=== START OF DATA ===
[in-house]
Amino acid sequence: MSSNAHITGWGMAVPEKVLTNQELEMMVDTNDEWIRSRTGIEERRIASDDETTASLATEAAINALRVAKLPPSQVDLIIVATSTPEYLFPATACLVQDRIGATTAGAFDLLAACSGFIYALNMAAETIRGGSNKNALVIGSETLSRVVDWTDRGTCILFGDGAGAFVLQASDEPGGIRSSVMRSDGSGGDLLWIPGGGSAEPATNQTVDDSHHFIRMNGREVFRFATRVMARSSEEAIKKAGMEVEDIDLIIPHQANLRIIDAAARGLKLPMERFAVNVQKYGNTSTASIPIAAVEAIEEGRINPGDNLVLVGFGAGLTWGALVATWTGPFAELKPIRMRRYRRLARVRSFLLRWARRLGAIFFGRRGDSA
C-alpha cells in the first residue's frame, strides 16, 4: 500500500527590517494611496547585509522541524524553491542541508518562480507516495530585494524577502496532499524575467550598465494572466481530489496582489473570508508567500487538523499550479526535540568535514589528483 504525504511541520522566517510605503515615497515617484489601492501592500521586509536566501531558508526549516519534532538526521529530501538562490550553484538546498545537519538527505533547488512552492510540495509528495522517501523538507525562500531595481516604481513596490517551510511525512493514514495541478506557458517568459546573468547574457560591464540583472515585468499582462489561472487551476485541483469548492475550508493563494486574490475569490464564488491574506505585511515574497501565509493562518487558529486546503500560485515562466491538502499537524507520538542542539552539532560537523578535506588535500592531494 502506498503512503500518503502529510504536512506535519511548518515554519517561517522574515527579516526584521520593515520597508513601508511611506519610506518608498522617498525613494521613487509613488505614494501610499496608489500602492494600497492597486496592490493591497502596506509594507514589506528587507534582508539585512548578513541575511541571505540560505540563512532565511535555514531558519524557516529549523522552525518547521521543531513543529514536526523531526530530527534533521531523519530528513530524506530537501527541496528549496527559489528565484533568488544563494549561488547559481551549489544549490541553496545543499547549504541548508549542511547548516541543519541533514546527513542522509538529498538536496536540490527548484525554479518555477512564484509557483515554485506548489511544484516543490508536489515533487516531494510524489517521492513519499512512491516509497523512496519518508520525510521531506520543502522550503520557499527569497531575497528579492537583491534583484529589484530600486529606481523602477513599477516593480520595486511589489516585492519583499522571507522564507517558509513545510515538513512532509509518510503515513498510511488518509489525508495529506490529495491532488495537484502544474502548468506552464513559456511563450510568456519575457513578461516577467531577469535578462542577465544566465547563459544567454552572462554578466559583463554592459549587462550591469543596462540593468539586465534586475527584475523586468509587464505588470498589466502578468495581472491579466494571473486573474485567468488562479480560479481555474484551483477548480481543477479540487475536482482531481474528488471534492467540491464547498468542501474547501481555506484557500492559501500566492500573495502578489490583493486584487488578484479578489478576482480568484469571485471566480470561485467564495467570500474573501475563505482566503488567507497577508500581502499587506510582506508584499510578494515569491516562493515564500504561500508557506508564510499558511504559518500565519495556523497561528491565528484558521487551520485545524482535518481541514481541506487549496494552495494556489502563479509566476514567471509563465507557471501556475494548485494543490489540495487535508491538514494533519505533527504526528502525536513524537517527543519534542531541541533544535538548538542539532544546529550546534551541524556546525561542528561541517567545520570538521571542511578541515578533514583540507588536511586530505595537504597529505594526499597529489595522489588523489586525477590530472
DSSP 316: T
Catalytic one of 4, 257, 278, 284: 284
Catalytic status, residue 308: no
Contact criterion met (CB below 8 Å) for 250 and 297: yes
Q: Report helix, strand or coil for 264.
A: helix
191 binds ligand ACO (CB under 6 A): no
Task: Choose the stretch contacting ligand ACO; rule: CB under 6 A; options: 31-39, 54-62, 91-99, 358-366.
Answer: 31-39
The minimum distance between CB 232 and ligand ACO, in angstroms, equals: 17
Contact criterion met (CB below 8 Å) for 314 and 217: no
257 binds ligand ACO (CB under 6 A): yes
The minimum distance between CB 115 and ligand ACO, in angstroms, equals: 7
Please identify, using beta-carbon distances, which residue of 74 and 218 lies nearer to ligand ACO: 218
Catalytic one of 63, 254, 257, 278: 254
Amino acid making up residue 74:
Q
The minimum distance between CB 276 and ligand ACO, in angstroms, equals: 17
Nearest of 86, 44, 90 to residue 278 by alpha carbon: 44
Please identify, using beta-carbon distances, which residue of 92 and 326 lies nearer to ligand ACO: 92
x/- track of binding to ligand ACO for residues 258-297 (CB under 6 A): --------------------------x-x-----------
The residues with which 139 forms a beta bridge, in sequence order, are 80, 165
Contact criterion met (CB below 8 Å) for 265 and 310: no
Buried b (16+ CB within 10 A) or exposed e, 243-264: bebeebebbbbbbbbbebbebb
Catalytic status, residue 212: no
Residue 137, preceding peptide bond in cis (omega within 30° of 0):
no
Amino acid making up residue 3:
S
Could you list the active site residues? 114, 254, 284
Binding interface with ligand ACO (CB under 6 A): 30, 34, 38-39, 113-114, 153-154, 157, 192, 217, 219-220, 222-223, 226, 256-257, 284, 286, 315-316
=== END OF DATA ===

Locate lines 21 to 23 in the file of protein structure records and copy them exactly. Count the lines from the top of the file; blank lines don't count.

The minimum distance between CB 276 and ligand ACO, in angstroms, equals: 17
Nearest of 86, 44, 90 to residue 278 by alpha carbon: 44
Please identify, using beta-carbon distances, which residue of 92 and 326 lies nearer to ligand ACO: 92